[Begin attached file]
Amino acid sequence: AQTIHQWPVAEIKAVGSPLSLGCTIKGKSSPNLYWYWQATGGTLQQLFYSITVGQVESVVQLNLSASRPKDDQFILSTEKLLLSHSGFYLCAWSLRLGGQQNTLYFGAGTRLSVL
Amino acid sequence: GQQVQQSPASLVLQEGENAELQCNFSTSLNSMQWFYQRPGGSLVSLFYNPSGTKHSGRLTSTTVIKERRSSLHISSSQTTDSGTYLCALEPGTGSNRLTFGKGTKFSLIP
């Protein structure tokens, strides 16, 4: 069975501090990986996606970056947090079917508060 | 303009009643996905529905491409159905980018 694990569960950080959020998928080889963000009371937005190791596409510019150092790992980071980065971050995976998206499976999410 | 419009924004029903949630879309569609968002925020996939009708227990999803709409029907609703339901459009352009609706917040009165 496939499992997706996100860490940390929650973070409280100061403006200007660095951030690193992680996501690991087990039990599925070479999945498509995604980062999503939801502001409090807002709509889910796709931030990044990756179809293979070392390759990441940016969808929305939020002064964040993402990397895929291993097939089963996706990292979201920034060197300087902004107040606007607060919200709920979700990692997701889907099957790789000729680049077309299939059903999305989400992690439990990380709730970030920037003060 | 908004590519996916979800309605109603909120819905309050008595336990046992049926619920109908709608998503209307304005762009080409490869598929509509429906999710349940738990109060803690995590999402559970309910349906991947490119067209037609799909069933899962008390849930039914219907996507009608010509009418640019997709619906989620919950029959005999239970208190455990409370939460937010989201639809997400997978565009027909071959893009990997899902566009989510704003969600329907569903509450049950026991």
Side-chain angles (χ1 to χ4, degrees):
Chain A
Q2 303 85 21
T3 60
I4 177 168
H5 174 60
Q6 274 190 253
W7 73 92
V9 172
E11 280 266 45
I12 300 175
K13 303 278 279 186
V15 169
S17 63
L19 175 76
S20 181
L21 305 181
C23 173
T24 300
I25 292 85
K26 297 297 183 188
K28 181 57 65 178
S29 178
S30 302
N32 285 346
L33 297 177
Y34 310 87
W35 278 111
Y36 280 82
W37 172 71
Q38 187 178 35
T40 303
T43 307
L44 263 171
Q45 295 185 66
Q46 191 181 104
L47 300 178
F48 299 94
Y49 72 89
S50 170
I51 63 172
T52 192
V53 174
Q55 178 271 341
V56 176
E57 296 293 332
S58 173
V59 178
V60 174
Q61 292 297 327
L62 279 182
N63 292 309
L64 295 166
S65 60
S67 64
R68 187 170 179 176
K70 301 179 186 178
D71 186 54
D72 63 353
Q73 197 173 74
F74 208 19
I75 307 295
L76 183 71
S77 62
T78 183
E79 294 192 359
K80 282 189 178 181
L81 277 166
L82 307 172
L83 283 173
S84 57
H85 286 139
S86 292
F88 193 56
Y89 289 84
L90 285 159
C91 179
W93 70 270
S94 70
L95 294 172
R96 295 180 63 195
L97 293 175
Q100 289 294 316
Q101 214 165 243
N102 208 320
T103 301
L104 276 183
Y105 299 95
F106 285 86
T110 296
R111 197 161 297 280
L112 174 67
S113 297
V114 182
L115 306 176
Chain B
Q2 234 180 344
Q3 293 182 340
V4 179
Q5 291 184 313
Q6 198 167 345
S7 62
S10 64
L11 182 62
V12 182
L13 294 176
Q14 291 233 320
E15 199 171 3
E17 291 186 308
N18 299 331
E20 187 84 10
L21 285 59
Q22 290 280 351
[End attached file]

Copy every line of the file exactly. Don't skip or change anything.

Amino acid sequence: AQTIHQWPVAEIKAVGSPLSLGCTIKGKSSPNLYWYWQATGGTLQQLFYSITVGQVESVVQLNLSASRPKDDQFILSTEKLLLSHSGFYLCAWSLRLGGQQNTLYFGAGTRLSVL
Amino acid sequence: GQQVQQSPASLVLQEGENAELQCNFSTSLNSMQWFYQRPGGSLVSLFYNPSGTKHSGRLTSTTVIKERRSSLHISSSQTTDSGTYLCALEPGTGSNRLTFGKGTKFSLIP
């Protein structure tokens, strides 16, 4: 069975501090990986996606970056947090079917508060 | 303009009643996905529905491409159905980018 694990569960950080959020998928080889963000009371937005190791596409510019150092790992980071980065971050995976998206499976999410 | 419009924004029903949630879309569609968002925020996939009708227990999803709409029907609703339901459009352009609706917040009165 496939499992997706996100860490940390929650973070409280100061403006200007660095951030690193992680996501690991087990039990599925070479999945498509995604980062999503939801502001409090807002709509889910796709931030990044990756179809293979070392390759990441940016969808929305939020002064964040993402990397895929291993097939089963996706990292979201920034060197300087902004107040606007607060919200709920979700990692997701889907099957790789000729680049077309299939059903999305989400992690439990990380709730970030920037003060 | 908004590519996916979800309605109603909120819905309050008595336990046992049926619920109908709608998503209307304005762009080409490869598929509509429906999710349940738990109060803690995590999402559970309910349906991947490119067209037609799909069933899962008390849930039914219907996507009608010509009418640019997709619906989620919950029959005999239970208190455990409370939460937010989201639809997400997978565009027909071959893009990997899902566009989510704003969600329907569903509450049950026991």
Side-chain angles (χ1 to χ4, degrees):
Chain A
Q2 303 85 21
T3 60
I4 177 168
H5 174 60
Q6 274 190 253
W7 73 92
V9 172
E11 280 266 45
I12 300 175
K13 303 278 279 186
V15 169
S17 63
L19 175 76
S20 181
L21 305 181
C23 173
T24 300
I25 292 85
K26 297 297 183 188
K28 181 57 65 178
S29 178
S30 302
N32 285 346
L33 297 177
Y34 310 87
W35 278 111
Y36 280 82
W37 172 71
Q38 187 178 35
T40 303
T43 307
L44 263 171
Q45 295 185 66
Q46 191 181 104
L47 300 178
F48 299 94
Y49 72 89
S50 170
I51 63 172
T52 192
V53 174
Q55 178 271 341
V56 176
E57 296 293 332
S58 173
V59 178
V60 174
Q61 292 297 327
L62 279 182
N63 292 309
L64 295 166
S65 60
S67 64
R68 187 170 179 176
K70 301 179 186 178
D71 186 54
D72 63 353
Q73 197 173 74
F74 208 19
I75 307 295
L76 183 71
S77 62
T78 183
E79 294 192 359
K80 282 189 178 181
L81 277 166
L82 307 172
L83 283 173
S84 57
H85 286 139
S86 292
F88 193 56
Y89 289 84
L90 285 159
C91 179
W93 70 270
S94 70
L95 294 172
R96 295 180 63 195
L97 293 175
Q100 289 294 316
Q101 214 165 243
N102 208 320
T103 301
L104 276 183
Y105 299 95
F106 285 86
T110 296
R111 197 161 297 280
L112 174 67
S113 297
V114 182
L115 306 176
Chain B
Q2 234 180 344
Q3 293 182 340
V4 179
Q5 291 184 313
Q6 198 167 345
S7 62
S10 64
L11 182 62
V12 182
L13 294 176
Q14 291 233 320
E15 199 171 3
E17 291 186 308
N18 299 331
E20 187 84 10
L21 285 59
Q22 290 280 351